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Lecture 1 Introduction. The Origins of Language Jordan Zlatev. What this course is about. Origin s ” of language (not “Origin”): Biological Ecological Social Cultural Linguistic

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    1. Lecture 1 Introduction The Origins of LanguageJordan Zlatev

    2. What this course is about • Origins” of language (not “Origin”): • Biological • Ecological • Social • Cultural • Linguistic - factors and processes, from about 6 million years up to now, leading to present day languages (and human beings)

    3. Why study language origins? • Understand the nature of language • Understand better who we are (i.e. human nature) • Understand better the nature of evolution, and the interconnectedness of all living beings

    4. “The Semiotic Hierarchy” (Zlatev 2009, Vol. 4 Cognitive Semiotics)

    5. Skeptics… • The Linguistics Society of Paris, 1866: forbidding speculation on the origin of language • “The is a long history of study of origin of language, asking how it arose from calls of apes and so forth. That investigation in my view is a complete waste of time…” (Chomsky 1988: 183)

    6. … change their minds! • “We argue that an understanding of the faculty of language requires substantial interdisciplinary cooperation.” (Hauser, Chomsky and Fitch 2002: 1569) • “Language evolution research must necessarily be cross-disciplinary in order to provide sufficient constraints on theorizing to make it a legitimate scientific inquiry” (Christiansen and Kirby 2003: 300)

    7. Evolution of Language International Conferences (EVOLANG) • 1996 Edinburgh • 1998 London • 2000 Paris • 2002 Harvard • 2004 Leipzig • 2006 Rome • 2008 Barcelona • 2010 Utrecht “Language evolution research must necessarily be cross-disciplinary…”

    8. What kind of “constraints”? • Primatology: an approximate idea of the START of the process (“the last common ancestor”, LCA) • Evolutionary theory (biology/psychology): the PATH (selective pressures etc) • Paleontology: fossils and artifacts (“stones and bones”) • Cultural anthropology: e.g. hunter gather societies • Developmental linguistics: analogies with evolution + “learned vs. innate”

    9. What kind of “constraints”? • Historical linguistics: processes of historical change, grammaticalization and “linguistic selection” (cf. Heine & Kuteva 2002) • Cognitive science, psycho/neuro-linguistics: the biological bases for language and thought • Semiotics: language in relation to other semiotic resources: calls, gestures, pictures etc. (cf. Burling 2005) • Linguistics: as good idea as possible of the OUTCOME

    10. What a theory of “the evolution of language” needs to answer • What is it that evolved? (“innate syntax”, capacity for sign use, vocal imitation…?) • How did it evolve? (pre-adaptations, stages, transitions…) • When and where did it evolve? (Locate the processes in time and space) • Why did it evolve? (ecological changes, selective pressures…)

    11. Some candidates • Merlin Donald, Origins of the Modern Mind, (1991): mimesis, cultural evolution • Terrance Deacon, The Symbolic Species (1997): brain-language co-evolution • Michael Tomasello, The Evolution of Human Communication (2008): gesture and shared intentionality • Derek Bickerton, Adam’s Tongue (2009): niche construction, a plausible “why” story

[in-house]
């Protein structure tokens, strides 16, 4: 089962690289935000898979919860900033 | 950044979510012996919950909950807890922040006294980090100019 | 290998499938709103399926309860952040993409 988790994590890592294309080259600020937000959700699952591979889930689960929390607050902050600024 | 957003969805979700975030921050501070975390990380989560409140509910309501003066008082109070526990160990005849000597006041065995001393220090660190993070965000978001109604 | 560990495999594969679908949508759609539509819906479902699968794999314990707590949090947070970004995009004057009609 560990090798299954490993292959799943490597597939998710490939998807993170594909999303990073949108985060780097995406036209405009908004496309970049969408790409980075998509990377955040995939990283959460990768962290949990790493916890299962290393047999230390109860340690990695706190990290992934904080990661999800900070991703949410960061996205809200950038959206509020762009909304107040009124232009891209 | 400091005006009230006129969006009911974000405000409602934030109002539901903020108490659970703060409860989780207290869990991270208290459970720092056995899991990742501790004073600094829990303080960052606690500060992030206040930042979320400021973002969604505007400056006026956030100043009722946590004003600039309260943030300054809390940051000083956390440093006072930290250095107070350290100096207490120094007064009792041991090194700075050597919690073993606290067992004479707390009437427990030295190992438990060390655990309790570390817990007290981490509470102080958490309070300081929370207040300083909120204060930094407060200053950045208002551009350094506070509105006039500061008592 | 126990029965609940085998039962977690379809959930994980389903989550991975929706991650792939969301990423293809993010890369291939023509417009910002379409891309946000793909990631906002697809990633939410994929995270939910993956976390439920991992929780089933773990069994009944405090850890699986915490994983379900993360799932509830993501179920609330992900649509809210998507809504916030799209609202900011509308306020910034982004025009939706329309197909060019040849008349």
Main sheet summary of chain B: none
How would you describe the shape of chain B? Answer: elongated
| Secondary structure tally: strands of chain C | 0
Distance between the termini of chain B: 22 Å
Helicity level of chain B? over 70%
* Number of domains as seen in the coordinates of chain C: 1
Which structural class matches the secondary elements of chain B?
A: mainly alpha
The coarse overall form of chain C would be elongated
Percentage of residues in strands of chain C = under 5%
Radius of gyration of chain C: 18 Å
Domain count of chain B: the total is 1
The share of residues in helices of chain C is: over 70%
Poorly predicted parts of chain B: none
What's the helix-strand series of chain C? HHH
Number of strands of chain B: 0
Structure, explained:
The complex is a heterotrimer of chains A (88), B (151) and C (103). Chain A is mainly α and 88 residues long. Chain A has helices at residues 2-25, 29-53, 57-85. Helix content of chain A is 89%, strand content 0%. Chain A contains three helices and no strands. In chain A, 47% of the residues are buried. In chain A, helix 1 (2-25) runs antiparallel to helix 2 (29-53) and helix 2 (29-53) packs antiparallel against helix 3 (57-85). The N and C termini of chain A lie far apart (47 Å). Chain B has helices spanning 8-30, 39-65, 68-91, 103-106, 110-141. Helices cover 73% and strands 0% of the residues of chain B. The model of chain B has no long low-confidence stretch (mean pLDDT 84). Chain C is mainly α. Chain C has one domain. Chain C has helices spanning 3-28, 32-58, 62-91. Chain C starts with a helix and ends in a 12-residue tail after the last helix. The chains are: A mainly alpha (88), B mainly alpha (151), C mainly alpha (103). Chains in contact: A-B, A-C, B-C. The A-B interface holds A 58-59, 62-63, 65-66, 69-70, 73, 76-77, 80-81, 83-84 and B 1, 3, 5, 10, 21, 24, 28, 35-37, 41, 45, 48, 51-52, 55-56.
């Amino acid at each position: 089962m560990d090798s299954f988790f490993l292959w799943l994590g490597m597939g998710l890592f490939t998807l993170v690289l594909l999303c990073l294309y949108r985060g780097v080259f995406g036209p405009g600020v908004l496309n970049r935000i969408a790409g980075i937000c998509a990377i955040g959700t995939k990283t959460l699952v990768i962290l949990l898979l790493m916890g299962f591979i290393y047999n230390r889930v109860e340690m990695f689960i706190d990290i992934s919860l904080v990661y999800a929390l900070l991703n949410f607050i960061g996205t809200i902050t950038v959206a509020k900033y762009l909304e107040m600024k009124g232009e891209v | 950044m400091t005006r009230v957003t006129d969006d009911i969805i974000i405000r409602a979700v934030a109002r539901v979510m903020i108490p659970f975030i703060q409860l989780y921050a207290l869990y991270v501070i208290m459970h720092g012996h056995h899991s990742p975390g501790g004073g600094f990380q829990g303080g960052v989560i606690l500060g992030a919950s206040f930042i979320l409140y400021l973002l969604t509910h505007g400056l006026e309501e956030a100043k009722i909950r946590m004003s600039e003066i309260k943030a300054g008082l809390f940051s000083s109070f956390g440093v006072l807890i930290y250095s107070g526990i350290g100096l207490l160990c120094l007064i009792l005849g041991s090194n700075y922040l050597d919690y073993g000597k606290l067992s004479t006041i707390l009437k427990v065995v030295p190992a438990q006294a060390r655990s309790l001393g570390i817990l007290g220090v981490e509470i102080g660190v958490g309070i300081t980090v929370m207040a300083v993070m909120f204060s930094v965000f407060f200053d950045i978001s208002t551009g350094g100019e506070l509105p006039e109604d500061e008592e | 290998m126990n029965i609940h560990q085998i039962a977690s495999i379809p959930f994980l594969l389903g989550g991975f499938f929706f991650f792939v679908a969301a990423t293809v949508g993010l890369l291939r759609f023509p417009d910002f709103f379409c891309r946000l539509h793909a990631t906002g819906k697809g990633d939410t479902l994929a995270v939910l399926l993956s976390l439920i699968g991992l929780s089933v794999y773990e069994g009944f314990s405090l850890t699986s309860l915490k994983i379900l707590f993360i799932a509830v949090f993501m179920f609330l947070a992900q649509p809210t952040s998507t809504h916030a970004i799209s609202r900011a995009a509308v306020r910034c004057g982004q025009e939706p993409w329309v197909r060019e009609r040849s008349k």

12. Choice of course book • Sverker Johansson, Origins of Language: Contraints on Hypotheses (2005) • As the title says: first constraints, then evaluation of hypotheses • Goal: not a definite theory, but limiting the space of probability • Balanced, and objective (though the author was my student…) • Guest lecture on Nov 12: Biological and cultural evolution

    13. Course schedule

    14. Examination • Group project • One page, 19/11 • Presentation 11/1 2011 • Take-home exam, given out Jan 11, 2011 OR • Independent essay on a relevant topic (possibly related to group project) (Submitted: Jan 18, 2011)

    15. Exercise: “Meet Lucy” • Watch the following film clip (about 2 minutes from National Geographic: The Ultimate Survivor). Discuss: • In which ways is Lucy similar to and different from other great apes? • What kind of implications do the differences have for hominid evolution? (It is not certain that “Lucy” (Australopithecus afarensis) was our direct ancestor.)

    16. The upright posture “The shape and function of the human body are determined in almost every detail, by and for, the upright posture” (Erwin Straus 1966: 138), e.g. • Space and perception: more importance to vision than olfaction (also, more “distant vision”: planning) • Freeing the hands: grasping, manipulating, gesturing… • Olfactory mechanisms do not dominate facial structure: vocalization • “Premature” birth: prolonged immaturity (neotony), profound influences on ontogentic development

    17. “Body before brain” principle • It is mistaken to think that evolution is provoked by brain growth (or “rewiring”) • Rather, changes occur first in the body (and behavior), and the brain evolves only with time

    18. A naïve view of language evolution • “In some small group from which we all descend, a rewiring of the brain took place yeilding the operation of unbounded Merge… The individual so rewired had many advantages: capacities for complex thought, planning, interpretation and so on. The capacity is transmitted to offspring, coming to predominate. At that stage, there would be an advantage to externalization…” (Chomsky 2005, talk at State University, NY, quoted by Bickerton 2009: 181)